• Worries about something bad happening again
  • Nightmares and intrusive thoughts
Older Primary: 4th – 6th Class /early teens: 11-14 years  
  • Hard reality of the death and loss can be intensely felt and understood
  • Can experience intense feelings - rage, revenge, guilt, blame, sadness, relief, worry
  • Begin to fear death for themselves and others
  • May not have language to adequately express complex or difficult feelings
  • Often need to know details of the death and will ask specific questions to try and make sense of the situation.
  • May need to go over facts again and again – Can be repeated detailed questions about death and dying -
  • Can take on role of the person that has died
  • Can be angry at life and the world as they struggle to make sense of the death
  • Can at times, withdraw from social situations and friends
  • Can have nightmares and intrusive thoughts
Young people/ Teens/Teenagers:  
  • In transition between childhood and adulthood
  • A time of great physical, emotional and psychological change
  • Relationship with peers is becoming very significant
  • They can have a high need to feel in control, trying to become independent and separate from parents and family - be grown up
  • Generally, have a more mature understanding of death
  • However, teenage world can be shattered by loss – sense of self, life & world can be shattered as they struggle for to develop their own personnel identity/autonomy/independence
  • Can lead to a paradox of wanting to distance from parents but also needing closeness at a time of loss and change within a family
Can also:  
  • Have difficulty talking about inner feelings to adults /others – more hidden
  • Can seek to protect parents
  • Tend not to share worries/sadness with peers
  • Often, hide real feelings from peers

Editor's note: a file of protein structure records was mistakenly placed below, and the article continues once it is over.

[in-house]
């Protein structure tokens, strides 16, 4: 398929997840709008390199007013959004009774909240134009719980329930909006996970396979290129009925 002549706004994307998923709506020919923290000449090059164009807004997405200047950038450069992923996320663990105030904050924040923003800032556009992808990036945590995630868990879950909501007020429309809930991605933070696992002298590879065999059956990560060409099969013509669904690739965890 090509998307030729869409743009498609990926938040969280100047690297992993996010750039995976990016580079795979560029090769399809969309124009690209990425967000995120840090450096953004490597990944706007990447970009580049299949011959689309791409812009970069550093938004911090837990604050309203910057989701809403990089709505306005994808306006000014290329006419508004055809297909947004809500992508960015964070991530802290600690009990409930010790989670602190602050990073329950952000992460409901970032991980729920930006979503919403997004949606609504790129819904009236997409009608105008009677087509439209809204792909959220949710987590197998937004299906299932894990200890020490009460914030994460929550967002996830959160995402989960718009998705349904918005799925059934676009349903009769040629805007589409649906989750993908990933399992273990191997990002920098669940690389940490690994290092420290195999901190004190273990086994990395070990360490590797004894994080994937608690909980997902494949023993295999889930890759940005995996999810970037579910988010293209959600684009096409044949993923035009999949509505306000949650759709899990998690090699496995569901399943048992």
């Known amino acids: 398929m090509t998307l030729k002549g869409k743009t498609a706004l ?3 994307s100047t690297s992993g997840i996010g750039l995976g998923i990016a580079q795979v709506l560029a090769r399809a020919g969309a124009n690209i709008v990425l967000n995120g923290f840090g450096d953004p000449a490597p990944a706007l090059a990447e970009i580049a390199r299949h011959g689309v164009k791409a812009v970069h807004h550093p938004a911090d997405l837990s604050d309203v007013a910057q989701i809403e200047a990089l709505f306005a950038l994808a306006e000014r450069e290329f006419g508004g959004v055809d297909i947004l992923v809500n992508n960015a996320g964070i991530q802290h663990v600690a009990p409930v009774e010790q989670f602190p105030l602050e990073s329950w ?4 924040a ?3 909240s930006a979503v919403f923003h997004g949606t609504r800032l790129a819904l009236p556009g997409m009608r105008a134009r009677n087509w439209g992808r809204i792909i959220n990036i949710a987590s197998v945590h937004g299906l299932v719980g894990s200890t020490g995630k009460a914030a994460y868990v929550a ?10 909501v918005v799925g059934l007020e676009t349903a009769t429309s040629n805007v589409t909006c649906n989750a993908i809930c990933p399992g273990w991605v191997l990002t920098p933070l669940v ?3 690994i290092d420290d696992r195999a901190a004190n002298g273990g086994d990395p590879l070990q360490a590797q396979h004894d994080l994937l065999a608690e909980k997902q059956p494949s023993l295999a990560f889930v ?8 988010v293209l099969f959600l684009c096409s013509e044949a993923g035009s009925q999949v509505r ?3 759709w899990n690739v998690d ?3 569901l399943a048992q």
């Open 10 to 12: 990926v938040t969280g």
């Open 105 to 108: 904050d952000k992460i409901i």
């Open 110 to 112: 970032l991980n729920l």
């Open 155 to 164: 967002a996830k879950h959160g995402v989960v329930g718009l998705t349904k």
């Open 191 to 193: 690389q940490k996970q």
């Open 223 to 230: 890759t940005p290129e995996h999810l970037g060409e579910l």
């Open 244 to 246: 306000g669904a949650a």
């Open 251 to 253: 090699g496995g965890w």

• Can often be left to fend for themselves
  • Can have mood swings, bang doors walk away
  • Can blame rather than take responsibility
  • Can drop out of activities
  • Struggle to prepare for a future that is uncertain- what’s the point?
  • Use sport as a release
  • Watch sad movies or read books about loss
  • Can just want to be left alone with their thoughts and feelings
  • Can be expected to take on adult roles, be mature beyond their years - accelerated maturity
  • Can feel their trust/belief in the world is shaken, uncertain
  • Can cope and adapt very well
  • Reactions can be compounded/exasperated by normal teenage developmental issues
What grief and loss can look like in a child or young person?

The impact of grief and loss can also have a range of physical, emotional, and social reactions for children and young people. It can be very helpful for parents and caregivers to have an awareness and understanding of what that might look like in children and young people so that changes in behaviour can be met with insight, understanding, patience and reassurance.

It is important to highlight that these are generally temporary.




Possible Physical Reactions/Responses